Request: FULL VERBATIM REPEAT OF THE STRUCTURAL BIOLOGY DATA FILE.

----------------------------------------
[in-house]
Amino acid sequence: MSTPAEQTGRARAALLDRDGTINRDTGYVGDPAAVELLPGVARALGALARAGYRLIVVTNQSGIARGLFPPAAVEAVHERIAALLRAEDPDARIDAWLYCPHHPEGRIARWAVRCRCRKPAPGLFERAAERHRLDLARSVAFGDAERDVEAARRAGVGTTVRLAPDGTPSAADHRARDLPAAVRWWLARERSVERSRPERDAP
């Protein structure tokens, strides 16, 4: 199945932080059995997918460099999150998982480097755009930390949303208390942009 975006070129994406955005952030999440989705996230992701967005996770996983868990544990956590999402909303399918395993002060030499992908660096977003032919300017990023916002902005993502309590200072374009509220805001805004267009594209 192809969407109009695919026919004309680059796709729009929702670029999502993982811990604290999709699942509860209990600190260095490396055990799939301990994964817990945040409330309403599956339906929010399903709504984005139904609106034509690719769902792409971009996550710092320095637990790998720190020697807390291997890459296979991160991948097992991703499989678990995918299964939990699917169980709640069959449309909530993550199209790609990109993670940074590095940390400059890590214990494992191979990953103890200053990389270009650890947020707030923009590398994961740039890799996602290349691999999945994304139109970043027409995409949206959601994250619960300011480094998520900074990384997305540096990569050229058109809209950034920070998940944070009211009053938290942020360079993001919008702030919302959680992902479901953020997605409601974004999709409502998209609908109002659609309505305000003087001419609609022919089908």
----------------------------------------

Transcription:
[in-house]
Amino acid sequence: MSTPAEQTGRARAALLDRDGTINRDTGYVGDPAAVELLPGVARALGALARAGYRLIVVTNQSGIARGLFPPAAVEAVHERIAALLRAEDPDARIDAWLYCPHHPEGRIARWAVRCRCRKPAPGLFERAAERHRLDLARSVAFGDAERDVEAARRAGVGTTVRLAPDGTPSAADHRARDLPAAVRWWLARERSVERSRPERDAP
């Protein structure tokens, strides 16, 4: 199945932080059995997918460099999150998982480097755009930390949303208390942009 975006070129994406955005952030999440989705996230992701967005996770996983868990544990956590999402909303399918395993002060030499992908660096977003032919300017990023916002902005993502309590200072374009509220805001805004267009594209 192809969407109009695919026919004309680059796709729009929702670029999502993982811990604290999709699942509860209990600190260095490396055990799939301990994964817990945040409330309403599956339906929010399903709504984005139904609106034509690719769902792409971009996550710092320095637990790998720190020697807390291997890459296979991160991948097992991703499989678990995918299964939990699917169980709640069959449309909530993550199209790609990109993670940074590095940390400059890590214990494992191979990953103890200053990389270009650890947020707030923009590398994961740039890799996602290349691999999945994304139109970043027409995409949206959601994250619960300011480094998520900074990384997305540096990569050229058109809209950034920070998940944070009211009053938290942020360079993001919008702030919302959680992902479901953020997605409601974004999709409502998209609908109002659609309505305000003087001419609609022919089908």